Good COP, Bad COP

REDD around the corner?
by -- December 16th, 2009

Today, the world moved closer to a REDD agreement.

Today I was invited to an event hosted by Avoided Deforestation Partners, a group whose mission is to establish an international mechanism to pay developing countries to reduce their emissions from deforestation and forest degradation (REDD).   The event was saturated with dignitaries who have supported AD Partners efforts over the last few years – from heads of state such as Norway’s Prime Minister Jens Stoltenberg and President Bharrat Jagdeo of Guyana to other high-ranking officials such as World Bank President Robert Zoellick to US Secretary of Agriculture Tom Vilsack to conservation icon, Jane Goodall, the heads of major US NGOs, to author/columnist Tom Friedman to British business magnate, Richard Branson – the A list count was high.  While that added to the drawing power, the events were every bit as substantive as splashy.

As mentioned in other posts, REDD is one of the signature initiatives of COP 15, attempting to create strong and durable financial incentives for developing forest countries to substantially curtail future deforestation. Numerous economic studies identify REDD as one of the most cost-effective options to reduce greenhouse gases while simultaneously delivering a range of other ecological benefits.  But efforts have traditionally stalled over concerns that REDD reductions are too hard to measure, report and verify.  President Jagdeo made the interesting that observers are quick to point out the problems of REDD, while ignoring the problems of other mitigation options.  He sees REDD as a solution, not a problem.  He has his reasons, having successfully procured funding from the Government of Norway in advance of Kyoto and has a vested interest in ensuring that this seems like a legitimate endeavor.  In my research, I have sometimes been one to raise questions about the effectiveness of these policies – whether reducing deforestation in one place just shifts it to another – a phenomenon called leakage.   But his statement resonated with me. All new ideas meet resistance and for many its easier to criticize than create.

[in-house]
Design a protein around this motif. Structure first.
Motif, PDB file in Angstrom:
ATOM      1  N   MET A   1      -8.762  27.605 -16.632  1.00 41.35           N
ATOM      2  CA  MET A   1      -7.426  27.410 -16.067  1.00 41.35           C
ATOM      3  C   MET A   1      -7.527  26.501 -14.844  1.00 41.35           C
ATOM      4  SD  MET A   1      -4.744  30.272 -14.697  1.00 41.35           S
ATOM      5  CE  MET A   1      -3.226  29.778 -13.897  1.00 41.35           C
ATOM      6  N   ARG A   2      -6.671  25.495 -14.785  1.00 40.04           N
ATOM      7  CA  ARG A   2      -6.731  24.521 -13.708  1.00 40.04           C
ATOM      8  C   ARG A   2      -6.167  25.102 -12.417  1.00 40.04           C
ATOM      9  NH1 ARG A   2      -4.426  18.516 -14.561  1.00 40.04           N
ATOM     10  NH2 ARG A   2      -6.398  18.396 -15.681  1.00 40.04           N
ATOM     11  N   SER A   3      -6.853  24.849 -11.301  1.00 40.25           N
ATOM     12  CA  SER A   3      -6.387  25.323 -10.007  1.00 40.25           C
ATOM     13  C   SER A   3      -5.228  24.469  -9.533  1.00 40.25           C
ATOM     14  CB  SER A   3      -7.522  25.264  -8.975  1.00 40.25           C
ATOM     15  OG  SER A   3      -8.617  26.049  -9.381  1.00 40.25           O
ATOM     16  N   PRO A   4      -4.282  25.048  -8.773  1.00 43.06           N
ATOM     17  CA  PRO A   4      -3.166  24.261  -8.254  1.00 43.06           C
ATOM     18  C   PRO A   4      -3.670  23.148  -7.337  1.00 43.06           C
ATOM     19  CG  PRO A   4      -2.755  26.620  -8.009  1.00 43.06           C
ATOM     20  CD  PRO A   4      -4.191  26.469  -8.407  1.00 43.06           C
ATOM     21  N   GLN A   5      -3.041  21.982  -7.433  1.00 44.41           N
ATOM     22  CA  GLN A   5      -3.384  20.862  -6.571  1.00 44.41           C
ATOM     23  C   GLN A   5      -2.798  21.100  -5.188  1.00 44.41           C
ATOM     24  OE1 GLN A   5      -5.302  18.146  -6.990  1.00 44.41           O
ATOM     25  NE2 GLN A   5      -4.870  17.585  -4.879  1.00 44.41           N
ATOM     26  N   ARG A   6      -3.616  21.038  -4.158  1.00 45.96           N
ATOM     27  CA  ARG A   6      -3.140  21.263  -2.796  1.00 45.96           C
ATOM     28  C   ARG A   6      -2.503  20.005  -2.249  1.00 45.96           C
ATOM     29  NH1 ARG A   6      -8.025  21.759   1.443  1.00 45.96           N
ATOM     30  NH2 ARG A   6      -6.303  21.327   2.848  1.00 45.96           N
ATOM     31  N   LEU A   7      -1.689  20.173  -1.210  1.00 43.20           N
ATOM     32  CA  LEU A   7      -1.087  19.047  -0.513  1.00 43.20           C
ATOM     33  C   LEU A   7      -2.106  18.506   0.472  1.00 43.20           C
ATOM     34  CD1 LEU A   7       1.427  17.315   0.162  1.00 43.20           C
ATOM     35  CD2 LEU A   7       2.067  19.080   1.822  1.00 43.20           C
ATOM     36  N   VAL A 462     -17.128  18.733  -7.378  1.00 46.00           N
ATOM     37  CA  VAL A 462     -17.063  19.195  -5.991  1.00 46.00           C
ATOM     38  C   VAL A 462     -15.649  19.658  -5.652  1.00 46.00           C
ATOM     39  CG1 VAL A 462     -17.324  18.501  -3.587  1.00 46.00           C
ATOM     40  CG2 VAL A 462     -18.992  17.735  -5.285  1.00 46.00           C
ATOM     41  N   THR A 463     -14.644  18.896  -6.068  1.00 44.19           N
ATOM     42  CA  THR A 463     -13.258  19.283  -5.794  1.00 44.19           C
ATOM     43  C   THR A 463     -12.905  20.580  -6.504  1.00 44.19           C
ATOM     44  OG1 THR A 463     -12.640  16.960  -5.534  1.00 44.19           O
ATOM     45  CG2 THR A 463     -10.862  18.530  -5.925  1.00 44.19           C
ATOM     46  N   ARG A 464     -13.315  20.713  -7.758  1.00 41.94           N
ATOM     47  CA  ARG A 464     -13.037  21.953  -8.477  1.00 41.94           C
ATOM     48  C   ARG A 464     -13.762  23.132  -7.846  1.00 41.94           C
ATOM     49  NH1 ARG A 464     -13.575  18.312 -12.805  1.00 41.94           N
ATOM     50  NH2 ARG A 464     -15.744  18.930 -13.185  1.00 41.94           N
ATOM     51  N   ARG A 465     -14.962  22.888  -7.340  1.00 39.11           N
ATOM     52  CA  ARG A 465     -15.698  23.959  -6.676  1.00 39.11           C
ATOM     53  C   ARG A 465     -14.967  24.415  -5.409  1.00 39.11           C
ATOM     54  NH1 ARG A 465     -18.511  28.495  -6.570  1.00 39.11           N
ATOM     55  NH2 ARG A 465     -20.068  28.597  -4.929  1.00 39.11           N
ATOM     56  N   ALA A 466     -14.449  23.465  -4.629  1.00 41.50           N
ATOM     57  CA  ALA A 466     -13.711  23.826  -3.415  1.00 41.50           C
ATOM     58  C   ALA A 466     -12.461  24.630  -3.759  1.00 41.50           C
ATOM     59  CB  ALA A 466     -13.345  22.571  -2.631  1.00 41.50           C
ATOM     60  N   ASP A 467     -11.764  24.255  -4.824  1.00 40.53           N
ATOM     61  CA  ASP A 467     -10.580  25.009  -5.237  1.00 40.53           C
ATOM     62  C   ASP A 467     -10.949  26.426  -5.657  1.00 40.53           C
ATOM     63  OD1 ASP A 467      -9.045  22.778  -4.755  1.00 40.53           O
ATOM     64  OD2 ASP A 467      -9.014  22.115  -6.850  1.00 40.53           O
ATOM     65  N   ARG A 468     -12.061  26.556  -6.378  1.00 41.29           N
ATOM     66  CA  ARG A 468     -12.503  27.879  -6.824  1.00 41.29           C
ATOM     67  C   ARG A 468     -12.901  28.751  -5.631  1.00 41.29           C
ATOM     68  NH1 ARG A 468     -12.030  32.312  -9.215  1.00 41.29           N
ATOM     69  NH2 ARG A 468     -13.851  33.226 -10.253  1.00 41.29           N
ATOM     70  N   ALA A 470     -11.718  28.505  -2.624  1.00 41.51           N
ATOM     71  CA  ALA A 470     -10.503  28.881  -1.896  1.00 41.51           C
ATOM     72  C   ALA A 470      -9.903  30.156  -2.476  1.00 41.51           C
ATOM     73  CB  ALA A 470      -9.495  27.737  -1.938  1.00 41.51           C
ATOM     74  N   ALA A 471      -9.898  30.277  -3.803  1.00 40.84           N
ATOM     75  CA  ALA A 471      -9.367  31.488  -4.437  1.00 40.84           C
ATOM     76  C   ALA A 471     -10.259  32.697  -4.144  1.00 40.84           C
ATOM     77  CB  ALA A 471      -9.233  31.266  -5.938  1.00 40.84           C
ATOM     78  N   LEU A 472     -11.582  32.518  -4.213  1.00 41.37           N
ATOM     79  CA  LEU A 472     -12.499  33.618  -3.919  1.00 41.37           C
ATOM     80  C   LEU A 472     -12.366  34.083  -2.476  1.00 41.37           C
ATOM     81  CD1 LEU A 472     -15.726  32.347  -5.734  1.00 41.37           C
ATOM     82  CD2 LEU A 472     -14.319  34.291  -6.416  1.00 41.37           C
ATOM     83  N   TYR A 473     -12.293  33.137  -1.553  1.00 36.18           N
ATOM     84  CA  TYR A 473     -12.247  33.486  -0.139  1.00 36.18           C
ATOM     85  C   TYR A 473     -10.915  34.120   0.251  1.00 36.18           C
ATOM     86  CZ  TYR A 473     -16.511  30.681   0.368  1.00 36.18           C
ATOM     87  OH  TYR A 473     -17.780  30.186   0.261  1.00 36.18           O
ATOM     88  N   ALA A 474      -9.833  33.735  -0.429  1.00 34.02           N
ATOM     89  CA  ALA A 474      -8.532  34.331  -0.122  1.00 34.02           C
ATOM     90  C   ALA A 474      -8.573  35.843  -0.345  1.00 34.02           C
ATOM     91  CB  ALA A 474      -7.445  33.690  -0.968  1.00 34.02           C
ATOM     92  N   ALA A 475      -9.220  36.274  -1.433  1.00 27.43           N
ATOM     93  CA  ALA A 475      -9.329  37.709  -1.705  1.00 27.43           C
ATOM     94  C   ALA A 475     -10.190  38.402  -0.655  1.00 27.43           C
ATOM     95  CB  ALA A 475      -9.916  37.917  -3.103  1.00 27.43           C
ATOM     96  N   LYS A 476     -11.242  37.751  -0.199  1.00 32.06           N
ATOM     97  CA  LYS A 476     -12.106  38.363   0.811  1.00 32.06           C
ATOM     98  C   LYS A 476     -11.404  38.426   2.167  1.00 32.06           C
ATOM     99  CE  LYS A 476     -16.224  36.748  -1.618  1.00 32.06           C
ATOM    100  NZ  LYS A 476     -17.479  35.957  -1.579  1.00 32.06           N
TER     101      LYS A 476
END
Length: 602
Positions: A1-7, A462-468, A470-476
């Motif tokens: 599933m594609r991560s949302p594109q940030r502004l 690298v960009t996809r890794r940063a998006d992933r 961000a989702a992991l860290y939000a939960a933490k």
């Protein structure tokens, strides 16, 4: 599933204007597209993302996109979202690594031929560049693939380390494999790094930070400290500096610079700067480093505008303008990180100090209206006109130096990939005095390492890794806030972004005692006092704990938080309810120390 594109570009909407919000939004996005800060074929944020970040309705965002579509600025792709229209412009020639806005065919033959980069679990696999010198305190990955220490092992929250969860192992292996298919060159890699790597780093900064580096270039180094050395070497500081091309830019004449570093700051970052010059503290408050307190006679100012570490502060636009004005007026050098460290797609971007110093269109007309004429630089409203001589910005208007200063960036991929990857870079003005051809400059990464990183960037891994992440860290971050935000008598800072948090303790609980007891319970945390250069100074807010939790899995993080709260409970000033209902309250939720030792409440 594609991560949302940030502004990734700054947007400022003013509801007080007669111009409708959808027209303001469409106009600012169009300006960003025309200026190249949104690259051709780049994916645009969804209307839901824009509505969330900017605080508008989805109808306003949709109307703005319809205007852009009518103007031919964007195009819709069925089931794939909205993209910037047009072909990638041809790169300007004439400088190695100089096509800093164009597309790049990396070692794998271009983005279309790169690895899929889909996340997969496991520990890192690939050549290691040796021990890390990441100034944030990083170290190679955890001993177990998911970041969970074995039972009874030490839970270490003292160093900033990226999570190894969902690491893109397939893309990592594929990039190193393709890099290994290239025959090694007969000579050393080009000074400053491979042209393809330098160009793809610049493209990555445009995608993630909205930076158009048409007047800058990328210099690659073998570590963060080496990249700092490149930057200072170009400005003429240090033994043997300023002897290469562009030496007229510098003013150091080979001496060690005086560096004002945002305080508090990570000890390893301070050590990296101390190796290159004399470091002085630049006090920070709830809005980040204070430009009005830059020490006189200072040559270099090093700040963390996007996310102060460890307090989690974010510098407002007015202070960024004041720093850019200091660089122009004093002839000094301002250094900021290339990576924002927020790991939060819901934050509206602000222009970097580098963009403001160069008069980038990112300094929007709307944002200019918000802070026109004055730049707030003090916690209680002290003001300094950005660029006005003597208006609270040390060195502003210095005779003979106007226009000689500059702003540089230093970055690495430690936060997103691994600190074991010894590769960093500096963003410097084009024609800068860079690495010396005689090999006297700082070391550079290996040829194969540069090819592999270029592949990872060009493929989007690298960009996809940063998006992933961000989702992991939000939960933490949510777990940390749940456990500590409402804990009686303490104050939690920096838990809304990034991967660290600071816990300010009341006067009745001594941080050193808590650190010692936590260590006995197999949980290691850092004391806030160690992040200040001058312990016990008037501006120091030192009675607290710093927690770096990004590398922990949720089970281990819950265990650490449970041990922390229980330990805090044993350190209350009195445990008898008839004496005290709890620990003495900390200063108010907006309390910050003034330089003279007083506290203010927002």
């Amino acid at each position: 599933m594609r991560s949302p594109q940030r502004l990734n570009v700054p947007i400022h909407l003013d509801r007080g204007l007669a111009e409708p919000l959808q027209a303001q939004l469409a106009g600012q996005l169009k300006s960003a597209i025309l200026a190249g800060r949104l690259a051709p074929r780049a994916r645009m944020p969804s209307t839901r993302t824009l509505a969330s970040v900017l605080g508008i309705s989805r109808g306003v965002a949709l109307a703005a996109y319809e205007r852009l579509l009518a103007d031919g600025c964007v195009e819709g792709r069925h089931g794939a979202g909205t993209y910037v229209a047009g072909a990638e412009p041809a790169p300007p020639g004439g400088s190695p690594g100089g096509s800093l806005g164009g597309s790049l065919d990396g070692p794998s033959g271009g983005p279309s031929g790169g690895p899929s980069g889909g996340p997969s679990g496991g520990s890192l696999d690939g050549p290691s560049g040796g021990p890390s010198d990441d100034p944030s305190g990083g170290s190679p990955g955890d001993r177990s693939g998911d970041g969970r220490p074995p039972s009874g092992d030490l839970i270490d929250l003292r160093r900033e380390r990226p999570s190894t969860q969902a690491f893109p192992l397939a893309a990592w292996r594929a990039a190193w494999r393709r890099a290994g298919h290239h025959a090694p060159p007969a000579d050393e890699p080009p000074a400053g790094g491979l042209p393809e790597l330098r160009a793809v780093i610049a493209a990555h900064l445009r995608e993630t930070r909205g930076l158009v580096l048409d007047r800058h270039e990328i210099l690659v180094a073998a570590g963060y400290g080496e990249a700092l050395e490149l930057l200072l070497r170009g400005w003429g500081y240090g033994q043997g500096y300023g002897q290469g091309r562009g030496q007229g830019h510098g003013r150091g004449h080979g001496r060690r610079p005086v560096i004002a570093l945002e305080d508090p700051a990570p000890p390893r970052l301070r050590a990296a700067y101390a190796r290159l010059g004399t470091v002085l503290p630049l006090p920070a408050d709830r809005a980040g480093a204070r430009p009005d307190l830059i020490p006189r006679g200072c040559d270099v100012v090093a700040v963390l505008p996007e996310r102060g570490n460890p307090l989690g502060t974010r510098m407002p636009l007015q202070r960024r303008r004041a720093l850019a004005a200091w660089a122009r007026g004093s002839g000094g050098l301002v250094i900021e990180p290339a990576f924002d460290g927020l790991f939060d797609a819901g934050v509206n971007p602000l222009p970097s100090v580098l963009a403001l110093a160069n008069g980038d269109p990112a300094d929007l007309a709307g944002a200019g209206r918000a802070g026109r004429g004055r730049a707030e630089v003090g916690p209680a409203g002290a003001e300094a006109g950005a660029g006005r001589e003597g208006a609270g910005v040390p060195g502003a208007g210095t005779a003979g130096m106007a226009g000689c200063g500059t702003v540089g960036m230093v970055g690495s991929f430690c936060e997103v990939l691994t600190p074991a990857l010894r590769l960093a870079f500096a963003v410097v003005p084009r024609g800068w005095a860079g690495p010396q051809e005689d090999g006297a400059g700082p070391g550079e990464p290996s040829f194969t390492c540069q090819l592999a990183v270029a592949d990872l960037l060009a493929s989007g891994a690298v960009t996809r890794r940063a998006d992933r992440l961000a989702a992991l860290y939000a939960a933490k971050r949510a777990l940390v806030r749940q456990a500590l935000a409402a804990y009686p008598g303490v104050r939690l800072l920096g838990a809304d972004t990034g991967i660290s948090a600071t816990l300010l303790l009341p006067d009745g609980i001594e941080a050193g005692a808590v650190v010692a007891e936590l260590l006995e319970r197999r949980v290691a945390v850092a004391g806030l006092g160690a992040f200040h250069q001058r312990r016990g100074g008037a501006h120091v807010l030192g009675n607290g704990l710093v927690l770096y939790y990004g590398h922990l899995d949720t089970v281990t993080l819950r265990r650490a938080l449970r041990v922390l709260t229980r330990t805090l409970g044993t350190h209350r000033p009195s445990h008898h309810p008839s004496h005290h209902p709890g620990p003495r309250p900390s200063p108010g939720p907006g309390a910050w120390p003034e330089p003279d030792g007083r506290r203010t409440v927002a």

REDD will likely take billions of dollars in public and private sector financing. Throughout the AD Partners event, the leaders present suggested that the negotiations were close to delivering a signed agreement on REDD, with the basic structure and parameters set, the role of private market financing still in negotiation, and the level of government financing awaiting firm pledges.  The event’s final speaker, Secretary of Agriculture Vilsack used the moment to announce that the United States has pledged $1 billion to finance early REDD initiatives and promised more if other countries stepped forward. This move was both substantive and symbolic.  For a REDD agreement to emerge from Copenhagen, national commitments of funds will be necessary.  Norway anted up, the US matched the pot – who has the river card?

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